But as for you, be strong, and do not give up, for your work will be rewarded.
– 2nd Chronicles 15:7
In recent weeks I’ve begun to take up photography. I started because I needed to learn to write descriptions with my eyes and not my heart. I needed to see deeper into things we inadvertently overlook – understand them better. I’d taken a number of photos in the Smoky Mountains and from there the urge to continue has forced me into keeping my camera with me everywhere I go.
I find myself driving along the highway and noticing a thumbnail moon in the late afternoon sky, or a bird soaring along side a sleepy cloud. I’ve taken pictures of water, ice, fog, barns, and trains. It’s exciting to come home and pop the pictures onto my computer and stare at them. The colors are amazingly beautifully, the contrast is something else, and my minds’ eye is developing – learning to look deeper into the things around me has actually turned out some pretty decent photos.
My friend, Aaron sent me some pictures of the California shore line. Silhouetted palm trees bending over the edge of the ocean calling a final goodnight to the sun. The pacific is beautiful and completely different from the Atlantic. I gaze at the photos squinting, looking for things I might normally overlook and wishing I could produce pictures like his – photographs that tell a story.
I stopped along the highway and snapped a few shots convinced I’d found a great story to show but when I got them home and looked at the end result they were just pictures – nothing special or unique. But I kept trying. Tim and I were traveling home from Virginia on Saturday and we took a small two-lane road that ran adjacent to the interstate. It wound us through tiny towns and hillsides filled with cattle. I was a little sad as I starred out of the car window, feeling a bit frustrated that none of my pictures told the story I saw in them. We turned a bend in the road and a tiny country farm lay on the hillside, so as we drove past (we didn’t stop) I held up the camera and snapped.
At home I slipped the photo card into my printer and popped up the shots. Okay. Alright. Nothing special. Blurry. Stinks. Nothing. Humm, thought that would be decent. And then suddenly the photo of the farm flashed to the screen. Hey oh! A story. Amazingly enough the story wasn’t in pictures I’ve slaved over – it was in the picture I simply snapped. So I asked God this question.
“How do you do it every day? How do you frame such gorgeous sunrises or unique river shots?”
The Father smiled and answered, “I feeling a bit humorous today. Do you want the answer or joke I feel coming on?” I furrowed my brow.
“I find the moments I create on a whim tend to be my most accomplished work. They aren’t over done, over thought or over painted. They are simply my heart at its best.” He punched the enter button on my keyboard changing the picture on the screen.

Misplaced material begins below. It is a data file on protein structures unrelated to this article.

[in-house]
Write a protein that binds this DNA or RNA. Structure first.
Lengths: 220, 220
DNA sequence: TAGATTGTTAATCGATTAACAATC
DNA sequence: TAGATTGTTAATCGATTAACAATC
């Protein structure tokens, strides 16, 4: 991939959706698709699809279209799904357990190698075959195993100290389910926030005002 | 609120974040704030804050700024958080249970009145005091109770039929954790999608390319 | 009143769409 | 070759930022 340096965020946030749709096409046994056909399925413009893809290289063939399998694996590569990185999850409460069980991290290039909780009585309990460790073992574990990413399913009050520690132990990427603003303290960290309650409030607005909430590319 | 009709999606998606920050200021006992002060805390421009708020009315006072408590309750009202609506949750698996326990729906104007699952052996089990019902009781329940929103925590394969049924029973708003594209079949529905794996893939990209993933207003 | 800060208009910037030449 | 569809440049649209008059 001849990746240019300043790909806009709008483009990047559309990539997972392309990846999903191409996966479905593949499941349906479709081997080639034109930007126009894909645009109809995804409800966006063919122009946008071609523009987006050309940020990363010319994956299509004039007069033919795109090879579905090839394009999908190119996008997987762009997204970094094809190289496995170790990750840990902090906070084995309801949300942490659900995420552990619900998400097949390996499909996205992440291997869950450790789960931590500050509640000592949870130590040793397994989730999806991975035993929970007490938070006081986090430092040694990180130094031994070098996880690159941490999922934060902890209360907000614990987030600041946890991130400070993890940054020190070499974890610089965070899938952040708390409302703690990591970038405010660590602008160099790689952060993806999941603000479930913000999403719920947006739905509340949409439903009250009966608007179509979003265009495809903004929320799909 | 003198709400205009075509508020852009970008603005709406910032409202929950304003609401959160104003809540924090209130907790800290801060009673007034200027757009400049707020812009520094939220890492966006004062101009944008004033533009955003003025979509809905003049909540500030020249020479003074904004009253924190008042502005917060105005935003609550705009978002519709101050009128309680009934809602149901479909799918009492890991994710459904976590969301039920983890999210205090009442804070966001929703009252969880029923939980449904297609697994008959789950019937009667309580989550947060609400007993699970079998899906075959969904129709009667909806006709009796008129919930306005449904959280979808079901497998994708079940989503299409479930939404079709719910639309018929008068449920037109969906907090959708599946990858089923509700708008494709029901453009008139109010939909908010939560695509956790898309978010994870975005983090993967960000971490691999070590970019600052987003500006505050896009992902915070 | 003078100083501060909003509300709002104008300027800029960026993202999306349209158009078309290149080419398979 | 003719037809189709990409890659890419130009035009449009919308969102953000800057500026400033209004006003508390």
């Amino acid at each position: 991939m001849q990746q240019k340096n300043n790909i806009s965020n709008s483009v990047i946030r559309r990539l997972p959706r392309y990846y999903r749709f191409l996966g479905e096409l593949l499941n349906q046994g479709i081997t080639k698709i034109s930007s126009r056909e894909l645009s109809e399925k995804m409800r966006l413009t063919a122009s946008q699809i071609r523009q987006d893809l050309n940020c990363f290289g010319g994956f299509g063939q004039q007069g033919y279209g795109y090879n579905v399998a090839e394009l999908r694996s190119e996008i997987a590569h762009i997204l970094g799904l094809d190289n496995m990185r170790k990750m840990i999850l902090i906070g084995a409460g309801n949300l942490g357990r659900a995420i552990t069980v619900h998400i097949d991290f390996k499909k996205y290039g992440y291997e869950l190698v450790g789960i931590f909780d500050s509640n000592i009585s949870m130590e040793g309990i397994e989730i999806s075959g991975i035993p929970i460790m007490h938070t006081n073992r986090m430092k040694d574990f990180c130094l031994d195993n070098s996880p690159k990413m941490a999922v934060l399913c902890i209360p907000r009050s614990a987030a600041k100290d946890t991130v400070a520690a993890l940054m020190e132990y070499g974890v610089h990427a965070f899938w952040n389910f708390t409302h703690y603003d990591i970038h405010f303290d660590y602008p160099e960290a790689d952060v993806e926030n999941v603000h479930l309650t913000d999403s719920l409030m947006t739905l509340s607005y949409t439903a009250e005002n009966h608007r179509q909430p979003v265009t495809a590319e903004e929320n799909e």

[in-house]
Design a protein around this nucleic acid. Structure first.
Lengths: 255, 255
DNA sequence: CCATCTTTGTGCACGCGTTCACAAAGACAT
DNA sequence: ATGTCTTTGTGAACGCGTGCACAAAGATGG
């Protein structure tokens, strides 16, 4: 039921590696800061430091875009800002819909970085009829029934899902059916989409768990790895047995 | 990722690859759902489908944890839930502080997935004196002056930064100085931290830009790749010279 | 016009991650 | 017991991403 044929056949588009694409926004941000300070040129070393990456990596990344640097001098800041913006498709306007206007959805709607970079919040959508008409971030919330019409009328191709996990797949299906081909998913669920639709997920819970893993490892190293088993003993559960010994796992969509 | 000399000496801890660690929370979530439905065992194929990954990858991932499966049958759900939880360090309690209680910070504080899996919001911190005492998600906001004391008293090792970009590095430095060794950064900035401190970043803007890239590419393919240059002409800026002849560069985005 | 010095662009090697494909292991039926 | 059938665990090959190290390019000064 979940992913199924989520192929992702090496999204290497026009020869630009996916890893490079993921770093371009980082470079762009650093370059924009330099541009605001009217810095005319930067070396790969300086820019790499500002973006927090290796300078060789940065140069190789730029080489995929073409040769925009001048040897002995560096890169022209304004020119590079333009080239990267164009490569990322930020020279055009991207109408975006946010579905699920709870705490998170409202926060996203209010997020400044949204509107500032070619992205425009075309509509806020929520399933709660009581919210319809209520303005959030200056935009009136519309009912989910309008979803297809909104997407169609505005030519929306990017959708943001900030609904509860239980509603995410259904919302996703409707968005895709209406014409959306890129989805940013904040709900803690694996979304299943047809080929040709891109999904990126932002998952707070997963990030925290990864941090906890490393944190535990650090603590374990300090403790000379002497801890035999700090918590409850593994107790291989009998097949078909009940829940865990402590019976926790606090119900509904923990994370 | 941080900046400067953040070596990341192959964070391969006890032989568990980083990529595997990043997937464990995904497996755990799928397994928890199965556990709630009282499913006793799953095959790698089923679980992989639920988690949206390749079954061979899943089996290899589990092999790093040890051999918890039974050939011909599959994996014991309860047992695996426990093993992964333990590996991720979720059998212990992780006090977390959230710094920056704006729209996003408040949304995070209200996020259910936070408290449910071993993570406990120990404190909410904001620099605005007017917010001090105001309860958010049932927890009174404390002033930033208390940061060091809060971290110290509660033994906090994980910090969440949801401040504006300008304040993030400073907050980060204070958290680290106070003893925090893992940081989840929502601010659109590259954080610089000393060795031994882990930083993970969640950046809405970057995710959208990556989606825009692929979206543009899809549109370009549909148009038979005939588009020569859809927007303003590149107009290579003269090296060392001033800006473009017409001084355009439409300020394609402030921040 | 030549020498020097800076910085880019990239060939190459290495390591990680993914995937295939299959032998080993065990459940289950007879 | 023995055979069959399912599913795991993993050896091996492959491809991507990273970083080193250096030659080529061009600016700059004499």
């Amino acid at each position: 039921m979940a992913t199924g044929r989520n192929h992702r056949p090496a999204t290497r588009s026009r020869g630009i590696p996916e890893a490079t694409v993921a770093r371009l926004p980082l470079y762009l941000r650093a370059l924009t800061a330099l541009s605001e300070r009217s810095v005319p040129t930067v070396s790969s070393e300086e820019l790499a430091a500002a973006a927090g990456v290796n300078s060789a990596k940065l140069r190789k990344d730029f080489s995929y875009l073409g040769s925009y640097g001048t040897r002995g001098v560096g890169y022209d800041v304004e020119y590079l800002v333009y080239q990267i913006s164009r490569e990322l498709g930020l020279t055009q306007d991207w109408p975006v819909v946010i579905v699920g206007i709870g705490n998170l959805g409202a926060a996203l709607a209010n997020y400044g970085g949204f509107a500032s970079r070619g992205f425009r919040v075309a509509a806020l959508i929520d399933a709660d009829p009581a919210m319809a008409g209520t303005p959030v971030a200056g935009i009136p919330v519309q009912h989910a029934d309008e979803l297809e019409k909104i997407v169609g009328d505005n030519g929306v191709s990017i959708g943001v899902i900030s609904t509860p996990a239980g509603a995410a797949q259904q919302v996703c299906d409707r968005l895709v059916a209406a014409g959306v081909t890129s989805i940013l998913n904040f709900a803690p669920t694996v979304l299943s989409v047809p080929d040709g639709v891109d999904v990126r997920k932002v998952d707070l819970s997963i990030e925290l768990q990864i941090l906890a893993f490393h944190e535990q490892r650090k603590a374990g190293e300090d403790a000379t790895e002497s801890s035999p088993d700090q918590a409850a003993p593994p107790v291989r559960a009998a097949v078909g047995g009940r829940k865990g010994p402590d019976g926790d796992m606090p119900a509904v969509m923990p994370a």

“So you’re saying planning the shot is not wise.”
“No. Sometimes planned shots are amazing. Details are perfect. But I’m saying, when I plan the sunsets, I fret over them making sure every cloud is perfectly placed so that the sun seeps through in just the right manner for the absolute ‘right’ color to form.”
“So you think I should just shoot pictures by the seat of my pants?”
“No, I don’t. I’m saying, be flexible. Take the pictures you see and then see what turns out. You work hard on projects – so hard that you never tend to complete them. And what I want you to do, is work, finish and enjoy the completion – move to on to something else. Don’t toss out the pictures because the rewards are there. Sometimes you simply have to step away and let them materialize in your mind.”
“Kinda like the old Polaroid pictures, huh? Take the shot and lay the picture down while it develops.”
“Kinda. The reward is there. Don’t be so hard on yourself. I find you spend a lot of time trying to do my job.”
I did a double take. “How do you figure that?” I asked.
“You take the talents I give you, use them, but then work them to death. You throw out the pictures that can be something unique because you think you’ve done a bad job. Not so. The job is good. But the timing is not right. Rather than shooting the pictures and waiting for them to develop correctly, you keep trying to fix it. Just stop. Finish it and let me do the rest. Let me develop it into my plan.”
“Ah, I see.” I said as I glanced at the photo on the screen.
“You will. The reward will come when the picture is complete.”
Once again, the Father makes good sense. I assume too much on my part. Drive myself nutty trying to fix what isn’t really broken when I need to step back and look at the picture – see how God develops it. That’s how He works in our lives --slowly developing us, adding the details a little at a time. So today, I’ll take another picture or two and if they aren’t quite up to snuff by my standards, I’ll print them and wait. Wait for the reward.